Today is Chol Hamo’ed Sukkot – the intermediate days between the first and the last days of the holiday of Sukkot. These days are not quite holidays, but they are not ordinary days either. They are a strange hybrid or a mixture of a holiday and mundane days. In physics, we have a word for that – the state of superposition. I’ve written about it in my article Pesach Sheini – in a State of Superposition. Not to repeat myself, I refer the reader to that article for background information.
In short, in physics, we speak of states of the system. Say, one state of a dreidel may be spinning clockwise. Another state would be spinning counterclockwise. These are pure states. In quantum mechanics, a system could be in a mixed state. Say, an electron can have its spin up and down at the same time, which would be equivalent to the top spinning clockwise and counterclockwise simultaneously. In such cases, we say that the electron is in a state of superposition of two states – spin up and spin down.
The very name, Chol Hamo’ed, betrays a mixed state – a state of superposition. The word chol refers to the mundane aspect of the day, as in yom chol – a mundane weekday, which is neither Shabbat nor a Yom Tov. Mo’ed, on the other hand, literally means “an appointed day” and refers to a day that is a festive day. How could a day be both a festive day and a mundane day? In quantum mechanics it is possible. As it turns out, in Judaism, it is possible too. To borrow this word from quantum mechanics, perhaps, we can say metaphorically that the days of chol hamo’ed are in a state of superposition of two states – chol and mo’ed.
In physics, a system can be in a state of superposition only so long as it is not measured or observed. Upon the observation, the system collapses in one of the possible states. For example, consider again the electron that is in a state of superposition of having its spin up and down. If we measure the spin of the electron, we will find it either in up or down position, but not in both.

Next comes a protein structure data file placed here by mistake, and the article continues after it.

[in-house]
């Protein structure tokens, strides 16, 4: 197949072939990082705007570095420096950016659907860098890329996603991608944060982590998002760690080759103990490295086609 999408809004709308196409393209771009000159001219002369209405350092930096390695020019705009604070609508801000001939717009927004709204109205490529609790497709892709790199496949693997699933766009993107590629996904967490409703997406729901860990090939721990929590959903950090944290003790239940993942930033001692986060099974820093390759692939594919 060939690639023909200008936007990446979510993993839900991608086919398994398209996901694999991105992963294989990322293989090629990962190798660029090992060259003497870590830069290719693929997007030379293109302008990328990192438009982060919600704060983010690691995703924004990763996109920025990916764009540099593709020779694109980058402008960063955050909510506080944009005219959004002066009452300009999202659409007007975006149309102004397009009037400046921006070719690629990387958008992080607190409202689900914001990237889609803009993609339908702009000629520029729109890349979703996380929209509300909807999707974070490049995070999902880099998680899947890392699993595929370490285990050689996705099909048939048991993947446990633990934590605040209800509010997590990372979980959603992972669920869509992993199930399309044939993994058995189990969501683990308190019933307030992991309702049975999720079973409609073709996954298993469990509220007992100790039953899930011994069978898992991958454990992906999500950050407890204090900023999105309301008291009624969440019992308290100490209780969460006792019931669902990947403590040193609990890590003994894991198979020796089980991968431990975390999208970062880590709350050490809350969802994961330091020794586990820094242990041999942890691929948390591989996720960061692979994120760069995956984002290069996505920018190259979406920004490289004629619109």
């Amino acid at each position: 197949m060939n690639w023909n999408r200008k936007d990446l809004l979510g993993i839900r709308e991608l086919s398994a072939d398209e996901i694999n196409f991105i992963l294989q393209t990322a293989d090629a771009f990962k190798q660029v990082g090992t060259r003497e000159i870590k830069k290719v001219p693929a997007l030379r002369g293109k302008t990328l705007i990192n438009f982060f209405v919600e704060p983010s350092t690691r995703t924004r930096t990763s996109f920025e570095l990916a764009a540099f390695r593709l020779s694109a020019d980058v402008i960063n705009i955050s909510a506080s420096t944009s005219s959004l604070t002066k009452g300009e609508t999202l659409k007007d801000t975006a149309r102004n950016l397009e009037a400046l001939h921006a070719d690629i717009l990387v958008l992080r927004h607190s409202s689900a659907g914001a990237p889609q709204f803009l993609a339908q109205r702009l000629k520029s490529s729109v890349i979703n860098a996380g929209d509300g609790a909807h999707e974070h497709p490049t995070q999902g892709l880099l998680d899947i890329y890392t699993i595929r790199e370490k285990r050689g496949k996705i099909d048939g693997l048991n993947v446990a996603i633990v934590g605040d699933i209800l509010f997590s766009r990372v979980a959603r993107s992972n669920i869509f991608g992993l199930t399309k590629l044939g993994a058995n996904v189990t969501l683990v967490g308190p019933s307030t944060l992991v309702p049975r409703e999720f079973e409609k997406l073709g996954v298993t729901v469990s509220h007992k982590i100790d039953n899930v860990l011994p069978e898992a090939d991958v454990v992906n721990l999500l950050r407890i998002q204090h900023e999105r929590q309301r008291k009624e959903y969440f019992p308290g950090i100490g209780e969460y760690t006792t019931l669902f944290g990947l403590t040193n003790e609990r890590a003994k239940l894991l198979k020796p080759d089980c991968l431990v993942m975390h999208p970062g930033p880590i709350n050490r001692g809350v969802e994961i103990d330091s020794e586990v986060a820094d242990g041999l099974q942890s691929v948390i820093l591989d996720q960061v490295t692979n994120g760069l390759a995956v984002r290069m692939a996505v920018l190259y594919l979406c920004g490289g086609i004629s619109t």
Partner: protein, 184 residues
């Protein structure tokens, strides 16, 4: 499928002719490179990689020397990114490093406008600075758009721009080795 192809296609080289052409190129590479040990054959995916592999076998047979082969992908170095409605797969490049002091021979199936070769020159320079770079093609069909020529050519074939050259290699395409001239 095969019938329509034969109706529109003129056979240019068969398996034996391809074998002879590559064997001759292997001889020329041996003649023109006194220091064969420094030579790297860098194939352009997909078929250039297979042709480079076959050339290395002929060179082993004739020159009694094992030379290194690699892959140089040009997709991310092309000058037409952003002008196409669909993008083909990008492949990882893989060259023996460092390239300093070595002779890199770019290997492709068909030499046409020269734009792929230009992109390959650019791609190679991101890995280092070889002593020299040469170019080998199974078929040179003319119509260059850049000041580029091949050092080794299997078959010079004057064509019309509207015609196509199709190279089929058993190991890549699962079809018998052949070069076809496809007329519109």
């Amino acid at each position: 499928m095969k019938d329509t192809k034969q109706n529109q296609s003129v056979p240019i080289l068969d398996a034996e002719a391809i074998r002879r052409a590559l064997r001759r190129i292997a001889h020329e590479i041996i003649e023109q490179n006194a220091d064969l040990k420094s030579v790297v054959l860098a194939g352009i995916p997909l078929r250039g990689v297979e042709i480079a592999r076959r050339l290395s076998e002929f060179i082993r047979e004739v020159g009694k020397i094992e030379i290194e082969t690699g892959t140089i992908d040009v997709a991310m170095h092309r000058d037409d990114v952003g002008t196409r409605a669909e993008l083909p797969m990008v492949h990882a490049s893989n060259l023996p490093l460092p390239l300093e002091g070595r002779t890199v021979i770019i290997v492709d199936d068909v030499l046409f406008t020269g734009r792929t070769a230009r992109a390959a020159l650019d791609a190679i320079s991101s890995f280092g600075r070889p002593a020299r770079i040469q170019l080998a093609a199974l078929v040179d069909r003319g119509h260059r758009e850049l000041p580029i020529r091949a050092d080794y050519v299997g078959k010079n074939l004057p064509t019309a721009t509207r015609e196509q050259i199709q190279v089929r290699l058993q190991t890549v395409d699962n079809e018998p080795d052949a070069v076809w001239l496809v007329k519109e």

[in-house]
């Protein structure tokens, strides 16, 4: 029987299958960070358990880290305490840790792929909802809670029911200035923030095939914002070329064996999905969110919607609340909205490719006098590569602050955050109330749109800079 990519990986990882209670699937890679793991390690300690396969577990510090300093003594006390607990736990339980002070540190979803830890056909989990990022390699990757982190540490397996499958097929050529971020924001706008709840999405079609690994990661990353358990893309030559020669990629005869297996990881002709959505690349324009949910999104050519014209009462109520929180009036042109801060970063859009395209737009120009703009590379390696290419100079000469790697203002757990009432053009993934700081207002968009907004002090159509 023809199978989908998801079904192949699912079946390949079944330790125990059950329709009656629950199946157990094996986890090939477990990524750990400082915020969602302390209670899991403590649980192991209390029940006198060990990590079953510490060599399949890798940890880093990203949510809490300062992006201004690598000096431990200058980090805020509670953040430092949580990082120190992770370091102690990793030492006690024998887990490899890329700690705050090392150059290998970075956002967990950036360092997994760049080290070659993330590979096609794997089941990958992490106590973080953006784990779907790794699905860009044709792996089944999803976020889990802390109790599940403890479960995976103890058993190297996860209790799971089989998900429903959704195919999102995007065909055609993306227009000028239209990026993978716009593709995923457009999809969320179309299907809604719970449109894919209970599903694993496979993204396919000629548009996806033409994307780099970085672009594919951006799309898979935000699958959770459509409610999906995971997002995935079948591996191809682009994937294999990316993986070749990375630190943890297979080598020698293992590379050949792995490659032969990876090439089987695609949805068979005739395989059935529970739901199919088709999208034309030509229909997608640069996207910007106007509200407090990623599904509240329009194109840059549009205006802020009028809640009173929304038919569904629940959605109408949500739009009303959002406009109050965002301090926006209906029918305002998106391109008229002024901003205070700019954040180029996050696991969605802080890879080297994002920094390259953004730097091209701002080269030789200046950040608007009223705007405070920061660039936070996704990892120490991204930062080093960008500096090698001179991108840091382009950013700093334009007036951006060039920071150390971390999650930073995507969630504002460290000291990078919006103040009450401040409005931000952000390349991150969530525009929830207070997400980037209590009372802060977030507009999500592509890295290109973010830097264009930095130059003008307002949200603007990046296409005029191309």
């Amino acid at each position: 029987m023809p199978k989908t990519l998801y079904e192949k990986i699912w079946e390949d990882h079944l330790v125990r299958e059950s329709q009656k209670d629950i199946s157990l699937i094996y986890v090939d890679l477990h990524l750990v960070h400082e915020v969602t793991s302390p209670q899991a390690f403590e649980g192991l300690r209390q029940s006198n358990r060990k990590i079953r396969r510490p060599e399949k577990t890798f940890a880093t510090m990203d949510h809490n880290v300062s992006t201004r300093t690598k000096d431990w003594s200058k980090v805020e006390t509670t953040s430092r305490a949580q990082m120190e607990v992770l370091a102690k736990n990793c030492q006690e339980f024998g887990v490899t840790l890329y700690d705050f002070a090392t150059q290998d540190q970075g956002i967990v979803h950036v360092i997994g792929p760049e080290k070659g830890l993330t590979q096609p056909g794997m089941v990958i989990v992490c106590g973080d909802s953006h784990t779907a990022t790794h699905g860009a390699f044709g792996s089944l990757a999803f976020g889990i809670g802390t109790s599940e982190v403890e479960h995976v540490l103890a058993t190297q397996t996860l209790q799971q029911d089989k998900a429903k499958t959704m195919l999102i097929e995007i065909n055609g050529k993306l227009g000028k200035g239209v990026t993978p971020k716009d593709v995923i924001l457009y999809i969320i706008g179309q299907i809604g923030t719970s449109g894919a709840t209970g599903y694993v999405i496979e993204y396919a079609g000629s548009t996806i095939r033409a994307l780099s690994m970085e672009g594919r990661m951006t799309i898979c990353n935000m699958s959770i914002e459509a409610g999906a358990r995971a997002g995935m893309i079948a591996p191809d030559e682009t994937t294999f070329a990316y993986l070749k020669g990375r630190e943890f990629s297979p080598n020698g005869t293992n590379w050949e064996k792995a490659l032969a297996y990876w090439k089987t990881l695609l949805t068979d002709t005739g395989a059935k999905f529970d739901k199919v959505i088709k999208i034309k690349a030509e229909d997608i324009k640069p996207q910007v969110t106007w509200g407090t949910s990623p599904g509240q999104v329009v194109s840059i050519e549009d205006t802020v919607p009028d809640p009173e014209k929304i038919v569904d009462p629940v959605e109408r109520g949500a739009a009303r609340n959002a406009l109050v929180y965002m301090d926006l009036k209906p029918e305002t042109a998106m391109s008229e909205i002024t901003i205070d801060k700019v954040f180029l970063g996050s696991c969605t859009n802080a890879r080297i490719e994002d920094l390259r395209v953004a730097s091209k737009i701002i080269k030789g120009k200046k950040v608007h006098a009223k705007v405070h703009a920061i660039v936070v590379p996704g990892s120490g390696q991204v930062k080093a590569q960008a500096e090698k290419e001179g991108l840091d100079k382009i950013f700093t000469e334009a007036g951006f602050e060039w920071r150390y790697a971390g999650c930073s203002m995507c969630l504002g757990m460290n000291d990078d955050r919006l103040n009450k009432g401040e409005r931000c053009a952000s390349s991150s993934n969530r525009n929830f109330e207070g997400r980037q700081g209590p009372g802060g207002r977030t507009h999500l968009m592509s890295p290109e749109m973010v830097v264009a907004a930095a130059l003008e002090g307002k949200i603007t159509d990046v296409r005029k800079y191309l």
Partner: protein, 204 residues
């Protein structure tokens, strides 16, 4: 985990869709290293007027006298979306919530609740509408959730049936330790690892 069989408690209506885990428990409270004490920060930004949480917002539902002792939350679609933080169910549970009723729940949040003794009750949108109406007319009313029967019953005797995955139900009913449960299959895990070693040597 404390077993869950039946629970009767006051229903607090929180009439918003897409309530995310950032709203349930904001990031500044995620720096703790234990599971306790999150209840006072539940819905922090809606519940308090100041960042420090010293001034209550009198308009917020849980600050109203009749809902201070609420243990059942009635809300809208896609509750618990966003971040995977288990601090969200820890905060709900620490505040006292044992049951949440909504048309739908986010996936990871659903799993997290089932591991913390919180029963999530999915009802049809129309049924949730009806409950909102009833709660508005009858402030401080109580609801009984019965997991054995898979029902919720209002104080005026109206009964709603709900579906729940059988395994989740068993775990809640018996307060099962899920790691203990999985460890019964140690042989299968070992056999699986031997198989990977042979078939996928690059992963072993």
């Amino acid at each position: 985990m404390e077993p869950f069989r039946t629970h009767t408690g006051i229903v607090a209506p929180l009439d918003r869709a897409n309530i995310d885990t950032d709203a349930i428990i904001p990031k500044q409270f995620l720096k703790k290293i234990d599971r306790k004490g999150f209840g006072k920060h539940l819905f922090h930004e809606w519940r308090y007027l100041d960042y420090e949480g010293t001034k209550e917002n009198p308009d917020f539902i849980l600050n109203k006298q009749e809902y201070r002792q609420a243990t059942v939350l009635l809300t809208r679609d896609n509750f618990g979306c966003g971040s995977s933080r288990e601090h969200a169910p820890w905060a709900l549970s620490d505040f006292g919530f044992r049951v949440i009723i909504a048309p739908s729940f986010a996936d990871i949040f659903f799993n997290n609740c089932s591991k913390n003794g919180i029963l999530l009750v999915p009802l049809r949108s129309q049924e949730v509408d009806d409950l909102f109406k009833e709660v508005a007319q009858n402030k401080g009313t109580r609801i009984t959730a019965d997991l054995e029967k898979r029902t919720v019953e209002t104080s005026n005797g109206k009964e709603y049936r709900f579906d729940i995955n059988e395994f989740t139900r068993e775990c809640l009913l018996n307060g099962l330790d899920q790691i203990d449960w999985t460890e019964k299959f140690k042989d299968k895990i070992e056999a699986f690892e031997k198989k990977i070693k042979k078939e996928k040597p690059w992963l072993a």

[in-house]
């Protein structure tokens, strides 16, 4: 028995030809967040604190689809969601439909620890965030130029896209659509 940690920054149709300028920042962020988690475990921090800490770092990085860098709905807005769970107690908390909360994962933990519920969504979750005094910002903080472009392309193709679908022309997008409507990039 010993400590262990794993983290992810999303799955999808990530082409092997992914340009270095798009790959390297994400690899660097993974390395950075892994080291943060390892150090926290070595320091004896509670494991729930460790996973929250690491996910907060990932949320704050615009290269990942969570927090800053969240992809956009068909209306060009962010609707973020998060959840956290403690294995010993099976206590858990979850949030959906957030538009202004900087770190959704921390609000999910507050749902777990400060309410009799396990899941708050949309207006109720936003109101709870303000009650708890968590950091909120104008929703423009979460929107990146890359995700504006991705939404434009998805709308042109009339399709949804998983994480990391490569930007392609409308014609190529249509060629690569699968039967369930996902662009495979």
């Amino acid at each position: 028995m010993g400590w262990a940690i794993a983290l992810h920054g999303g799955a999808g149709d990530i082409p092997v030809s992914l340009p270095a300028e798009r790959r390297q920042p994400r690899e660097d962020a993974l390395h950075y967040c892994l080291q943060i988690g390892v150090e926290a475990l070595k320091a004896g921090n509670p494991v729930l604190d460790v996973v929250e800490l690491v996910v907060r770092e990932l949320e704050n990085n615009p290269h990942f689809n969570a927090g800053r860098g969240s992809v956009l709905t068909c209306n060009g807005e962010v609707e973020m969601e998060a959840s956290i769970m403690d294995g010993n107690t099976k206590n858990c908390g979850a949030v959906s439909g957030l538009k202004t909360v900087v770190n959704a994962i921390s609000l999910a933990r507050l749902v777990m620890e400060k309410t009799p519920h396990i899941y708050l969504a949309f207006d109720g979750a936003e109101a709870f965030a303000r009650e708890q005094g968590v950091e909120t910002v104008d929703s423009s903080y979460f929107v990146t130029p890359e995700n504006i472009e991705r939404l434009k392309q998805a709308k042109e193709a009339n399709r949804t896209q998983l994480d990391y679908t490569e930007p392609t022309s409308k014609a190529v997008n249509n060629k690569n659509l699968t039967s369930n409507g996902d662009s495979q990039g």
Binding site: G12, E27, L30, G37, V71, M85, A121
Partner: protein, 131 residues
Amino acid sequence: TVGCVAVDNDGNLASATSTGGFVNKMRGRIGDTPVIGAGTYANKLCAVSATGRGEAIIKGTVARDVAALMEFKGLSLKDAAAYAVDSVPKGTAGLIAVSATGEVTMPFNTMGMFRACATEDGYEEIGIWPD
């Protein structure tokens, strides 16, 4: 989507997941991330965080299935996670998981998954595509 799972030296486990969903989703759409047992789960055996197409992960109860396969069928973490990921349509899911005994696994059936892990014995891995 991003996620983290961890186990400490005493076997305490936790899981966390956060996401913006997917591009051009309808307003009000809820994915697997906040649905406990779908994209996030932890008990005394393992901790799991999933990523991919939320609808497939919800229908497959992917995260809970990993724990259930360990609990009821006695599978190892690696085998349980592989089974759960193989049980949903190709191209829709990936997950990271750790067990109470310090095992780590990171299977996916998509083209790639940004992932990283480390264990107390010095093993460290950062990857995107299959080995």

Similarly, although the chol hamo’ed days are in a state of “superposition” of being holy and mundane, in practice, we collapse the “wavefunction” of these days into one state or the other. Those, who consider these days more mundane than festive (aside from reciting special holiday prayers, Hallel and Musaf) go to work, wear their usual attire, and men don tefillin (phylacteries, which is only done on weekdays, never on Shabbat or Yom Tov). Others, such as Chassidim, who consider these days more as holidays, don’t work, wear festive clothing, and do not don tefillin as on Yom Tov. Thus you will see on these days Chassidic men wearing shtreimal (a fur hat that is traditionally worn by many Chassidic men on Shabbat and Yom Tov) and silk coats. These days are what you make of them – they could be more or less festive depending on how we treat them. As always, it is in the eyes of the beholder.